An Amazon delivery drone gets ready to take flight. Image source: Amazon.
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The all-important holiday shopping season is right around the corner. It has been a difficult year for traditional retailers like Wal-Mart (NYSE: WMT) and Target (NYSE: TGT) as sales have hit a soft patch, but internet retailers like Amazon (NASDAQ: AMZN) have enjoyed double-digit online sales growth once again this year. Though 2016 has been mixed thus far, chances are that retail sales will be strong headed into the winter months.
Inflation is in hibernation
Inflation, or the rising cost of goods and services, has overall been subdued in recent years. In 2015, the cost of living increases nearly hit a decade-long low of just 0.7%. The only time costs of living increased less was in 2008, when the rate hit 0.1%.
While certain things like healthcare, rent, and college tuition have skyrocketed in recent years, other areas have decreased. For example, energy costs have been in decline since the summer of 2014, when oil peaked at about $110 barrel in the United States. Even with gains in recent weeks, oil here in the states is still sitting at less than half of its cost two years ago, at about $50 barrel.
Why does this matter? While the monthly expenses picture might sound different depending on who you ask, on average, Americans are not seeing their basic costs of living increase. With the costs of putting food in the pantry and gas into the tank not budging much, or even falling for some, that means more money to spend on non-essentials, like this year's hottest toys, gadgets, and gizmos.
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Americans get a pay raise
Even though the cost of living has taken a step back in recent years, so has the average American wage. Adjusted for inflation, the average U.S. household is still making less money than they were before the tech boom came undone in the late 1990s.
However, that is starting to change. The U.S. Census Bureau reported last week that the average household got a pay raise of 5.2% in 2015. Wages are rising overall for the first time since 2007. While it's still shy of numbers reached in 1999, it is nonetheless still welcome news for many families.
Paired with muted inflation last year, that pay increase amounts to more cash in pockets. This is backed up by recent reports showing that U.S. household disposable income -- money left over after the most basic of living expenses are paid for -- is still on the rise and hit a new record of over $1.4 trillion in August. With more cash in pockets, some of that money will inevitably get spent.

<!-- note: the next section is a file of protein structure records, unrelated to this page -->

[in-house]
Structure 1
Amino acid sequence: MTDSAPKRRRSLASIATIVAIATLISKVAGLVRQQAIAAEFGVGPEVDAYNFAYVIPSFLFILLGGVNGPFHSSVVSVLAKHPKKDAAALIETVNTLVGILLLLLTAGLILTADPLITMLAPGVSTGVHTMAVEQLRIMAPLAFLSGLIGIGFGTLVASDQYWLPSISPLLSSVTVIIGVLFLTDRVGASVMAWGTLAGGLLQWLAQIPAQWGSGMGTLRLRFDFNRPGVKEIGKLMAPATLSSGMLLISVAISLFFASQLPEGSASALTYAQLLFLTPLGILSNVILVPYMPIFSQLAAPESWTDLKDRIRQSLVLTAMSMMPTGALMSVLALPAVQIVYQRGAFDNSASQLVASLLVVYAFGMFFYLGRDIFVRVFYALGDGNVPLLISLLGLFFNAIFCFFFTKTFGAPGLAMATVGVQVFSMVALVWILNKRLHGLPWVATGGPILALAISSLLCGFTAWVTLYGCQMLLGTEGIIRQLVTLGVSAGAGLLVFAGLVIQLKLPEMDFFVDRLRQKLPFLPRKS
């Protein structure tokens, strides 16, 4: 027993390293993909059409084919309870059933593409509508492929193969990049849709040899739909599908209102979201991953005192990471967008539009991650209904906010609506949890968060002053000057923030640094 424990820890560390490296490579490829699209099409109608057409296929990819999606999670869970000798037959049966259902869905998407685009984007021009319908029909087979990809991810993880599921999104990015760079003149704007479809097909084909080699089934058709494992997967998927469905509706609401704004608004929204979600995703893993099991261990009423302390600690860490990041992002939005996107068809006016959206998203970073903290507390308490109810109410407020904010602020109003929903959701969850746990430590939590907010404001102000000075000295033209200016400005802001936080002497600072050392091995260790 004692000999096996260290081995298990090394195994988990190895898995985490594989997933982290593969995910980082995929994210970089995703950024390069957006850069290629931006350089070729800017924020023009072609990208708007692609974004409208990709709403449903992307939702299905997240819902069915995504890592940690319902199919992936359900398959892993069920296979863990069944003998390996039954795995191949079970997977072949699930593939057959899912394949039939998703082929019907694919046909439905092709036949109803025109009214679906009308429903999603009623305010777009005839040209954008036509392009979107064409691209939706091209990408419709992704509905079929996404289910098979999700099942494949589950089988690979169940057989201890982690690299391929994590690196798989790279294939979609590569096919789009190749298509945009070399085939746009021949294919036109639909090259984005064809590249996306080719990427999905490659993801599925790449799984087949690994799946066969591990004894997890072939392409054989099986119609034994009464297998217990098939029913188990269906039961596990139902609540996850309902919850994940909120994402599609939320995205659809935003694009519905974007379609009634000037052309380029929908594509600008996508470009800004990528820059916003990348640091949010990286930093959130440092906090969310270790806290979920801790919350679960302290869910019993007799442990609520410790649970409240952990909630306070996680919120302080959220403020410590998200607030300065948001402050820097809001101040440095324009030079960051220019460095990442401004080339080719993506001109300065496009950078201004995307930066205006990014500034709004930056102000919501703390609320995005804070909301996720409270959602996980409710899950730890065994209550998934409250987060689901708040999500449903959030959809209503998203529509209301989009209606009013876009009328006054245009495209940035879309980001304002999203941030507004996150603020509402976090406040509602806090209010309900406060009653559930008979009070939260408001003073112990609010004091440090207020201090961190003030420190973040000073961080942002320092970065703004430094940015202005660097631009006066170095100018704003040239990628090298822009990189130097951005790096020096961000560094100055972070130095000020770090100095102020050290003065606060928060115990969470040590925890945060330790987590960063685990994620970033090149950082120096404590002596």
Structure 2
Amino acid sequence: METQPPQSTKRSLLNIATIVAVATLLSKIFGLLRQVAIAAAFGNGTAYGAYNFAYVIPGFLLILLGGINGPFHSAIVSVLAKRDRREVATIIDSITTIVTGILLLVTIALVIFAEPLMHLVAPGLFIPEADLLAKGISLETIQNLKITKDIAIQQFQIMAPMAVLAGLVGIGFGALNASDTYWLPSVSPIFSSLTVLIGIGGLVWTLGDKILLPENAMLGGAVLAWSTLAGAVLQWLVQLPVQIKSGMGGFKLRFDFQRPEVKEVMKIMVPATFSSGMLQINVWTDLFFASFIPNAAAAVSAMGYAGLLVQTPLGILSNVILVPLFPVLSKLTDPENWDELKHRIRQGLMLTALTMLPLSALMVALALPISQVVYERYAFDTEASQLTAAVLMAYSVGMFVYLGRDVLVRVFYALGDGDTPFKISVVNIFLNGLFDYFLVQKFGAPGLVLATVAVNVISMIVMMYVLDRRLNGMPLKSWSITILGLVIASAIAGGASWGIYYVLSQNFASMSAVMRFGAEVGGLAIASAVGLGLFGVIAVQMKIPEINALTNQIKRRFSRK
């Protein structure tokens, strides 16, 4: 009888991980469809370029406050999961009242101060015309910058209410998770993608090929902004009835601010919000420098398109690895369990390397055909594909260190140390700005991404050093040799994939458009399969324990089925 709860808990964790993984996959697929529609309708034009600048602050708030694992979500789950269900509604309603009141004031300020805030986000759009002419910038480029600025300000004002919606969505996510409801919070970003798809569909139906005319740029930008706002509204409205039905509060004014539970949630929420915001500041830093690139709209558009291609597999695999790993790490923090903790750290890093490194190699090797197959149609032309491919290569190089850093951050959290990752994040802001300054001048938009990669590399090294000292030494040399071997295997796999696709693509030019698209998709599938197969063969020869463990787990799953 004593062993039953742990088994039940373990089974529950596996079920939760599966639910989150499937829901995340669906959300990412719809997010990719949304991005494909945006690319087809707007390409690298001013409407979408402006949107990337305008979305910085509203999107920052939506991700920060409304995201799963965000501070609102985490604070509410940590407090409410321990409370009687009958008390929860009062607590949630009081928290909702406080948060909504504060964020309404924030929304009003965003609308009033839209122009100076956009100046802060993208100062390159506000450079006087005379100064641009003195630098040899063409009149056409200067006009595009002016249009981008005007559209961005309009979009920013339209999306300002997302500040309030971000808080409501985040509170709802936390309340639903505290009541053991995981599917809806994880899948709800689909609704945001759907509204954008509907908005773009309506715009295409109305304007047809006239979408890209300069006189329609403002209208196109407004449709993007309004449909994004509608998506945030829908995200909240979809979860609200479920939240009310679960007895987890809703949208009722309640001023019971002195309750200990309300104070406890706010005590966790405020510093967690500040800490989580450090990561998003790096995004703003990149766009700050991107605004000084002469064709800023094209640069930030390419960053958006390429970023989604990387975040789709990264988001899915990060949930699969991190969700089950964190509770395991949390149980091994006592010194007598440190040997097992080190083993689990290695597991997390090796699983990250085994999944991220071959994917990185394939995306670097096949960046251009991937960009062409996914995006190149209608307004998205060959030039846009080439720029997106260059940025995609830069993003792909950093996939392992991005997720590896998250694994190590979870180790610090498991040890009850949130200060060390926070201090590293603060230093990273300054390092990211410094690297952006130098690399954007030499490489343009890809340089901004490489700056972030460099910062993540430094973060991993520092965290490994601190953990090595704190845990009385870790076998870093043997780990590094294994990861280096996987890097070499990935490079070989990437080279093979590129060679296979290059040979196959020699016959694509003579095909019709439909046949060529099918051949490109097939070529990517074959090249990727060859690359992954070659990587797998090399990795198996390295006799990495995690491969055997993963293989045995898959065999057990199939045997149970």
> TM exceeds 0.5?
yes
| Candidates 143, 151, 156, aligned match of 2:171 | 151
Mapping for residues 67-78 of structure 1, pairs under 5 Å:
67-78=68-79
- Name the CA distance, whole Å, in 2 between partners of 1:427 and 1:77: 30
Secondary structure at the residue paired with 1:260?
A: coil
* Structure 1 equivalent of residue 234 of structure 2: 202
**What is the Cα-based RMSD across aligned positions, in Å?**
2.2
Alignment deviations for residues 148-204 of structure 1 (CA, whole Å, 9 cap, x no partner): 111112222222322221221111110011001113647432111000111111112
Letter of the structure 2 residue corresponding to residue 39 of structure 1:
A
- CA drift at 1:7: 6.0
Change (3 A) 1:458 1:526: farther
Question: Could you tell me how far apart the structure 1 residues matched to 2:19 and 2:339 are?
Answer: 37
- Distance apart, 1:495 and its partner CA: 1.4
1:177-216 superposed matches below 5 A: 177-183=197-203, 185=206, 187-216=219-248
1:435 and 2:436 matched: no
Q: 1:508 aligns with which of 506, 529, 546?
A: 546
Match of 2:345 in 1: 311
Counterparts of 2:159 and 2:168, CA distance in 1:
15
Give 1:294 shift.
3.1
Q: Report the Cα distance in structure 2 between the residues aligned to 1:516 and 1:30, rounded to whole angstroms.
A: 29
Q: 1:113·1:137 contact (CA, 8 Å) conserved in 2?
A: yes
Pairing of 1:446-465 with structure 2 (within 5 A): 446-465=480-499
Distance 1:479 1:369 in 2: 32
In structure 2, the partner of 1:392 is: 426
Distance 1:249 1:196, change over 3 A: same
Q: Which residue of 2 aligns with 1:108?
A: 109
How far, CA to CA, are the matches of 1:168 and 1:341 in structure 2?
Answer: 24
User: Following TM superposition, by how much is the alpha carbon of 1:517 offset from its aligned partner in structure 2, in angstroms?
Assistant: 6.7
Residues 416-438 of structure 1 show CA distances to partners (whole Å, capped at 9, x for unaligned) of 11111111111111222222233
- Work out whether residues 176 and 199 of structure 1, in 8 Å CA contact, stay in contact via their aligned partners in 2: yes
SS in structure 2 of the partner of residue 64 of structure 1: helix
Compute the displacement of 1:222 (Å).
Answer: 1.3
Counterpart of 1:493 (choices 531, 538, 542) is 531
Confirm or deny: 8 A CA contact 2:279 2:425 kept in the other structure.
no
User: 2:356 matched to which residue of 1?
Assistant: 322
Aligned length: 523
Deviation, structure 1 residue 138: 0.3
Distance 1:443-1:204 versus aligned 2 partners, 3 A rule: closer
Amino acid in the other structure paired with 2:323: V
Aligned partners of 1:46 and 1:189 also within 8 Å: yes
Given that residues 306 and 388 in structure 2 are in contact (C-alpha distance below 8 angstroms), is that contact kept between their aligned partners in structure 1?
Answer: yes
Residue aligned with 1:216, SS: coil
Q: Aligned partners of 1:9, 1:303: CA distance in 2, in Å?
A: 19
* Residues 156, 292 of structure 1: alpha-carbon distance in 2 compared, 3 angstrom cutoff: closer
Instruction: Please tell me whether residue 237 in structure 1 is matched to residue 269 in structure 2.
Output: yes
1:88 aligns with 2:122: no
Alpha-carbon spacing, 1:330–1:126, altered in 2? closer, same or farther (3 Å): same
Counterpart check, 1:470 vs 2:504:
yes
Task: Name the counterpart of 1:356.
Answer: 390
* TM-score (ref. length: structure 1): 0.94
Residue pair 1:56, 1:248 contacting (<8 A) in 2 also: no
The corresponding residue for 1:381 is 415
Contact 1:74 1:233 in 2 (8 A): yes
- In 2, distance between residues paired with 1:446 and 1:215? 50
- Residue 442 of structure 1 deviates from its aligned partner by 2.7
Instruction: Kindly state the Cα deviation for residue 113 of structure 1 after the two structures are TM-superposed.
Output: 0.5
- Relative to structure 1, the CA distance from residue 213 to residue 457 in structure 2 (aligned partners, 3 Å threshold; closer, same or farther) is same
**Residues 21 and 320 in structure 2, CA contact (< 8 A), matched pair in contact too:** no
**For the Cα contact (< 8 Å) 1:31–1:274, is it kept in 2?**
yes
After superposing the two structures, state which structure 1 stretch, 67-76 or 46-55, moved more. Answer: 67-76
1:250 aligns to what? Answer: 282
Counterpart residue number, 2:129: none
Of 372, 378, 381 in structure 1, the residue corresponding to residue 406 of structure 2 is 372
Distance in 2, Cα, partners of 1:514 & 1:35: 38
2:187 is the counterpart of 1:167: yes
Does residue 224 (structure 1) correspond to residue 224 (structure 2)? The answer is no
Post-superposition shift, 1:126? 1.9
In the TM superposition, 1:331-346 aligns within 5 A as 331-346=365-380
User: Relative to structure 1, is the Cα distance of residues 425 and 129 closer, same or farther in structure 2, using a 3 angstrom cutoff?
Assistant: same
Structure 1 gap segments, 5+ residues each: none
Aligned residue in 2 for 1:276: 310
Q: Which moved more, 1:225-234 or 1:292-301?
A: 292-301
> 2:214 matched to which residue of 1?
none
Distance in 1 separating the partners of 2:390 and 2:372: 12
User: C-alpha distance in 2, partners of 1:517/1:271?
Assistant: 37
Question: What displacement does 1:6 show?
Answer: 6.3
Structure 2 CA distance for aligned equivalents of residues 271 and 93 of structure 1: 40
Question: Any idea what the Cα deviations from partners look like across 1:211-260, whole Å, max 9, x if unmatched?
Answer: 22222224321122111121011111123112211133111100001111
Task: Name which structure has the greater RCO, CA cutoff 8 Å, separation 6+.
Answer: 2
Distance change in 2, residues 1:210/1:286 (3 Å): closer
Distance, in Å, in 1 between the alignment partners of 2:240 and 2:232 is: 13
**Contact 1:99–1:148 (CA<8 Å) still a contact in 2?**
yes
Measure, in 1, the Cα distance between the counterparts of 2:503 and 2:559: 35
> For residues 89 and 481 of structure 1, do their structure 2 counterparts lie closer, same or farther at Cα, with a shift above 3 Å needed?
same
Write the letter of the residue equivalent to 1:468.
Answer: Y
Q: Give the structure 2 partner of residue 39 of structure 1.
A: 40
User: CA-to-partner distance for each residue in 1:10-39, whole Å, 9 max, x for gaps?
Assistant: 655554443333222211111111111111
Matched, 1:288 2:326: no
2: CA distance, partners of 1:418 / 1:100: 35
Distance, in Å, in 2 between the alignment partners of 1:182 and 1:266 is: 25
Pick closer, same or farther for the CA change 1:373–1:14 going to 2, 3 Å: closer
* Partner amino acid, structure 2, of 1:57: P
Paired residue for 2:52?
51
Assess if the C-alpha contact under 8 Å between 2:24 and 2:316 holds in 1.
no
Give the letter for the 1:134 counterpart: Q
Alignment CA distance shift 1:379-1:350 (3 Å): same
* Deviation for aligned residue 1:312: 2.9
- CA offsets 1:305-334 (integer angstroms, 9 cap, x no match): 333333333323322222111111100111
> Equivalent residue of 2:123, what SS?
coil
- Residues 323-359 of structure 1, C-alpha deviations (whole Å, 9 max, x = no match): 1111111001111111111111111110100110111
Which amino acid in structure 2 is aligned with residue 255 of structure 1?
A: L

Retailers are cutting each other's throats
It's a race to the bottom in the world of retail. With the internet helping make pricing more transparent and empowering consumers to shop thrifty, prices of goods have been falling in recent years. This is evident in the last retail sales report, where general merchandiser's sales have fallen 0.1% this year, even while many are reporting growing foot traffic.
This is obviously a great situation if you're a shopper, but why is this good if you're a seller of goods? While overall sales have been struggling, profit margins are on the rise since the cost to produce items has fallen, and online sales can help reduce more expensive overhead that comes with running a physical store.
Low inflation helps families, but it also can benefit manufacturers. Part of the slowing inflation rate is coming from falling commodity prices, the base products used to make the stuff we all buy. Paired with selling costs falling -- in large part to store closures and a shift to the internet -- retailers don't necessarily need to sell as much as they did last year to maintain profitability.
An example of this can be seen at Target. Though revenue has trailed off recently, profitability is still at an all-time high from cost-cutting and a lower costs of goods. The same is true for Amazon. The top line is growing, but bottom-line profit is growing faster.
Data by YCharts.
The final takeaway
A lot of negativity has surrounded the retail industry this year, especially outside of online-only merchandisers, but all indications are that the holiday shopping season will be another strong one. Investors in the space should ignore the noise, but with the internet still heavily influencing sales to consumers, how your company is faring with its online efforts needs to be considered.
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Nicholas Rossolillo owns shares of Target. The Motley Fool owns shares of and recommends Amazon.com. Try any of our Foolish newsletter services free for 30 days. We Fools may not all hold the same opinions, but we all believe that considering a diverse range of insights makes us better investors. The Motley Fool has a disclosure policy.